And I'm the granddaughter of a butcher. I say that like it should help, but truth is, it probably made it worse. Until I got married and moved out of town and was forced to visit a butcher shop to get things other than free candy from my Zeidy, I was under the impression that chicken cutlets came cleaned and wrapped nicely in aluminum foil and just magically appeared in the freezer. That's how it worked in my mom's freezer. Zeidy was the chicken cutlet fairy. And I mean that in a good way. I wish I had a chicken cutlet fairy these days. And a steak fairy, but that's another story.
If I'm going to be totally honest, my mom still brings me chicken cutlets, all cleaned and ready to go and sticks them in my freezer. But not often enough. Ma! We need more chicken!
And since I am baring the chicken-stupidity part of my soul, I may as well admit that I didn't have clue how to make chicken soup before I got married. My grandmother always made it by the gallon and gave it out. But how? Since I was a little girl, I kind of always thought that maybe she squeezed the chicken. But how could that be? And how hard did she squeeze? And, ewww, I love chicken soup, but I don't wanna squeeze a chicken. And so I was floored, really floored when I learned that there was water involved. There, now my soul is bare. I feel much better.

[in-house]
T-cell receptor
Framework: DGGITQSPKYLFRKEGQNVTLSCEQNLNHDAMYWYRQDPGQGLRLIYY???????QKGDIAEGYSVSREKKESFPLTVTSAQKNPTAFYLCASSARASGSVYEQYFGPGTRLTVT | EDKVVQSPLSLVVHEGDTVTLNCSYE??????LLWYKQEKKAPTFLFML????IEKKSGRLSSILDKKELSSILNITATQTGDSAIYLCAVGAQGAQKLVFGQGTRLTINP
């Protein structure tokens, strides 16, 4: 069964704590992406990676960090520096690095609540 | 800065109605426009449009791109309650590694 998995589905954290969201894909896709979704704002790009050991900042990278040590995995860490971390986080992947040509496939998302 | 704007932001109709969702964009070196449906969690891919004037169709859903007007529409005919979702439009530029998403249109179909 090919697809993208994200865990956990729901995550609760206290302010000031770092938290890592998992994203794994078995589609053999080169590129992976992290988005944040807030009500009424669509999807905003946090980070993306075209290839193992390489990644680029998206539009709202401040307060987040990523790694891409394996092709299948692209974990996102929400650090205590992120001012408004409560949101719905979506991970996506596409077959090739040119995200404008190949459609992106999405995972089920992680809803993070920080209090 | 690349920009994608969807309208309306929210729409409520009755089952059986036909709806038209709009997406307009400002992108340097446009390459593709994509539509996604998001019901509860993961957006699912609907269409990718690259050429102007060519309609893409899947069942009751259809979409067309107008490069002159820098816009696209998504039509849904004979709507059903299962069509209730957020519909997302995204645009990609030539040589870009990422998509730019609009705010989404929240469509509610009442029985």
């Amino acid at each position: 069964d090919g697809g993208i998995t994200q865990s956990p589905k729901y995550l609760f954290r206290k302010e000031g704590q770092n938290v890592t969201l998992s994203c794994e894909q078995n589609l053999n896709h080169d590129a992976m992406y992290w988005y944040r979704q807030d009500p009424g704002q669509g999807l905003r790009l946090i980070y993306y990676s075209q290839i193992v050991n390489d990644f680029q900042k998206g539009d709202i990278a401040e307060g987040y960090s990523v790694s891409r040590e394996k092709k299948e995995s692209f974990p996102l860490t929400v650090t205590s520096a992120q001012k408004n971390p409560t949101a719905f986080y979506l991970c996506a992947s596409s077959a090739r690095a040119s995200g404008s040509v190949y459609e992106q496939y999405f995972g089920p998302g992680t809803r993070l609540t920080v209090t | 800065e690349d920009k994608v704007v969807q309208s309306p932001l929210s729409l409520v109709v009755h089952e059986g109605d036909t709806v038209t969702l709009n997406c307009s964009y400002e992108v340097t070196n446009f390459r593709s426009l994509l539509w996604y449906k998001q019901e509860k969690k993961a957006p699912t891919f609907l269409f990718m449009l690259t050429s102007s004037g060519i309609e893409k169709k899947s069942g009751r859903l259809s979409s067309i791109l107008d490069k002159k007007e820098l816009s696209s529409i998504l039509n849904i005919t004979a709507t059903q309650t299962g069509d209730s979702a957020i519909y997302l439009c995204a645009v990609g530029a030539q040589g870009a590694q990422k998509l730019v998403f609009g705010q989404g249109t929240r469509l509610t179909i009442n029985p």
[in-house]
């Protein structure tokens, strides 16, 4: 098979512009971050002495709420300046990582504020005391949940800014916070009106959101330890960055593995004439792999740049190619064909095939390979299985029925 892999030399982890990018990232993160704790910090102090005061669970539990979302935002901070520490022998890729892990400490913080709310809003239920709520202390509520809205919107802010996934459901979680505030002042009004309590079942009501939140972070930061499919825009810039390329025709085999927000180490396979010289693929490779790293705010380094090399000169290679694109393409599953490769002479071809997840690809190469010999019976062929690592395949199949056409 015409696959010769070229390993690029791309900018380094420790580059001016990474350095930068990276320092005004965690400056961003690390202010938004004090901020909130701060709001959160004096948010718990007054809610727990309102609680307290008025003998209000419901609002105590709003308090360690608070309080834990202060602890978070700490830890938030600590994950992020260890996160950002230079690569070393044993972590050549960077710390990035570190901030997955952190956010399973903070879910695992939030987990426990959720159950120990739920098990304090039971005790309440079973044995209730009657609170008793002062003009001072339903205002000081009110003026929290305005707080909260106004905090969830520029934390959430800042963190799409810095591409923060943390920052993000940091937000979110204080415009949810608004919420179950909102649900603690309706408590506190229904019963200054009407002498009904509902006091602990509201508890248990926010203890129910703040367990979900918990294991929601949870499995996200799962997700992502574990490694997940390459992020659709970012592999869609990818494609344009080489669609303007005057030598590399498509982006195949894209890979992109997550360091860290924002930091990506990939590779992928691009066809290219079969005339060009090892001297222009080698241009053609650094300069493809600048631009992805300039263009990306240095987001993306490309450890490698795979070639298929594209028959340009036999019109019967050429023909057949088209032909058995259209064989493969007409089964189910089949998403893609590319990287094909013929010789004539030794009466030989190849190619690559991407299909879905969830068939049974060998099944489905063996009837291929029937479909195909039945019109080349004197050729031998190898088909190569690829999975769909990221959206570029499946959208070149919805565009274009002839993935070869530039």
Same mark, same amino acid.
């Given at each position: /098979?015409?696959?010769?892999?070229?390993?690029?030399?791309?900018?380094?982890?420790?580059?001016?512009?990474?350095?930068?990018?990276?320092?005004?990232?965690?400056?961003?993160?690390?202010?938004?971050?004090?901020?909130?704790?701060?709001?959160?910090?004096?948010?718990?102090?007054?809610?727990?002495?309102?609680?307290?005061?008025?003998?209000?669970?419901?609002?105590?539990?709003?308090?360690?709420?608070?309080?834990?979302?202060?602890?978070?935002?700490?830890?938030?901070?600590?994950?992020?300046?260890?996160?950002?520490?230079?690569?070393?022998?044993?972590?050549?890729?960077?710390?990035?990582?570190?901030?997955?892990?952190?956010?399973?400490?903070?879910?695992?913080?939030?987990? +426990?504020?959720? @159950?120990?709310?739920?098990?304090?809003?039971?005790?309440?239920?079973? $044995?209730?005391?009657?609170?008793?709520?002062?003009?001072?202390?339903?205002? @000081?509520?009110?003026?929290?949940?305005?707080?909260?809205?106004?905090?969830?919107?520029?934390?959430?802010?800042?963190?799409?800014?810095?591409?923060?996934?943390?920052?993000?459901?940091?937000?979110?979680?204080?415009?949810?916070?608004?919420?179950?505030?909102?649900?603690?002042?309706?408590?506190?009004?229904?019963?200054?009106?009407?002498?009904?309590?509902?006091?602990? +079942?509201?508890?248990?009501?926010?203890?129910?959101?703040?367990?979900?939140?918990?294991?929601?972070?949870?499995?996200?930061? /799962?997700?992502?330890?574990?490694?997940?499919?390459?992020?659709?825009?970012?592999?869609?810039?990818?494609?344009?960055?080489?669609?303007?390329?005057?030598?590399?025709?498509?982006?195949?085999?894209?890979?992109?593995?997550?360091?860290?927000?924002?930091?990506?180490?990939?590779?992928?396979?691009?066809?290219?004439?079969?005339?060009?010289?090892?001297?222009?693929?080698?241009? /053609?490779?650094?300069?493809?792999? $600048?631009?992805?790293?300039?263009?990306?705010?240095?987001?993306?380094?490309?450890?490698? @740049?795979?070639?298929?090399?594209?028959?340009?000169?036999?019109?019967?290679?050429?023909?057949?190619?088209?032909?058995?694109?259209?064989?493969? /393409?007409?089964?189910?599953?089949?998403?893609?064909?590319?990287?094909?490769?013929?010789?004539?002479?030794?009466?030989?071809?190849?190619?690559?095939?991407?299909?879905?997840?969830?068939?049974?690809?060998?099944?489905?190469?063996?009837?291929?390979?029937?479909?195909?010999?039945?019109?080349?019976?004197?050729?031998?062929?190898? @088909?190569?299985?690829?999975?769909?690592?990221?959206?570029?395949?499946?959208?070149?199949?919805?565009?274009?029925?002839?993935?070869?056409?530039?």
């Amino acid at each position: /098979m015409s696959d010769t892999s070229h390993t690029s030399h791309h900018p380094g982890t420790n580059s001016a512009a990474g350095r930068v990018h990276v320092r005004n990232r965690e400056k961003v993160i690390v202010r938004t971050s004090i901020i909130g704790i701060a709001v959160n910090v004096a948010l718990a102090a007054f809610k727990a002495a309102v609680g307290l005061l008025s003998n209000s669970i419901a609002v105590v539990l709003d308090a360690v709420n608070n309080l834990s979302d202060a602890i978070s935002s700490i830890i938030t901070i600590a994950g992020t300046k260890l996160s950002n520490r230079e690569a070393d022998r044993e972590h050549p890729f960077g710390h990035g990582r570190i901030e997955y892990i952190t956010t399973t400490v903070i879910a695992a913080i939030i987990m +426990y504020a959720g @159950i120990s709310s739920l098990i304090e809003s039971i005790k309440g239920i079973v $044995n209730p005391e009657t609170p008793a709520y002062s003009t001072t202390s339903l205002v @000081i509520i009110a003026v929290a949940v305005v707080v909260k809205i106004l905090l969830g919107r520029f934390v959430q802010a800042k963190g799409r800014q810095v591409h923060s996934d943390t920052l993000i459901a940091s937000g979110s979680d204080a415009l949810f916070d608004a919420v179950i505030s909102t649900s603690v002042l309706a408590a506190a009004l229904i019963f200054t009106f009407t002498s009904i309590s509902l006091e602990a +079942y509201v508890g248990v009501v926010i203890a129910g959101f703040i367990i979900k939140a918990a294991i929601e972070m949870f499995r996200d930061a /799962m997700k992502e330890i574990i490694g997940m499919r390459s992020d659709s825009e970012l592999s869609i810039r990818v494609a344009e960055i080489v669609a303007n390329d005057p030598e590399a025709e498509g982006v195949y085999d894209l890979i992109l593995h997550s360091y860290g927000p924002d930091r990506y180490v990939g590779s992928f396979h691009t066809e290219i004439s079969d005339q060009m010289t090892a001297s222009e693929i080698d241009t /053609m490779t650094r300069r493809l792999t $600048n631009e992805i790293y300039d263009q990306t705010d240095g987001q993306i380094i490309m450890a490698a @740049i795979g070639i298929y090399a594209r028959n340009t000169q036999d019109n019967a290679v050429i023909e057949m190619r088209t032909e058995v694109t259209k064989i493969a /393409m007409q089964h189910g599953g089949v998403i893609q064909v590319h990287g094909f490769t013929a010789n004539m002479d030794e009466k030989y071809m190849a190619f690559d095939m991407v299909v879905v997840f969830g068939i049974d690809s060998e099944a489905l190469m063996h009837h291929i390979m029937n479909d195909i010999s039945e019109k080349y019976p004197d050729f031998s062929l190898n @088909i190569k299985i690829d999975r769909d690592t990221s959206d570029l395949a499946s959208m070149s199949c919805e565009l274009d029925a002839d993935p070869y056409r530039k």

And so when we don't have company, I pour brown rice into a really big rectangular pyrex, throw in some vegetables, like sweet potatoes and zucchini and onions, put the now clean chicken on top and pour this salad dressing over the whole thing. Add water for the rice, cover the whole thing with foil and bake at 400 degrees for 1 hour. Uncover and bake some more, until the chicken is cooked and appears to be roasted. And everyone eats - some people like rice and some people like vegetables and everyone likes chicken. And I like that there is only pan to wash after Shabbos.
Oh yeah, the salad dressing works really well on salad too, but that's so boring.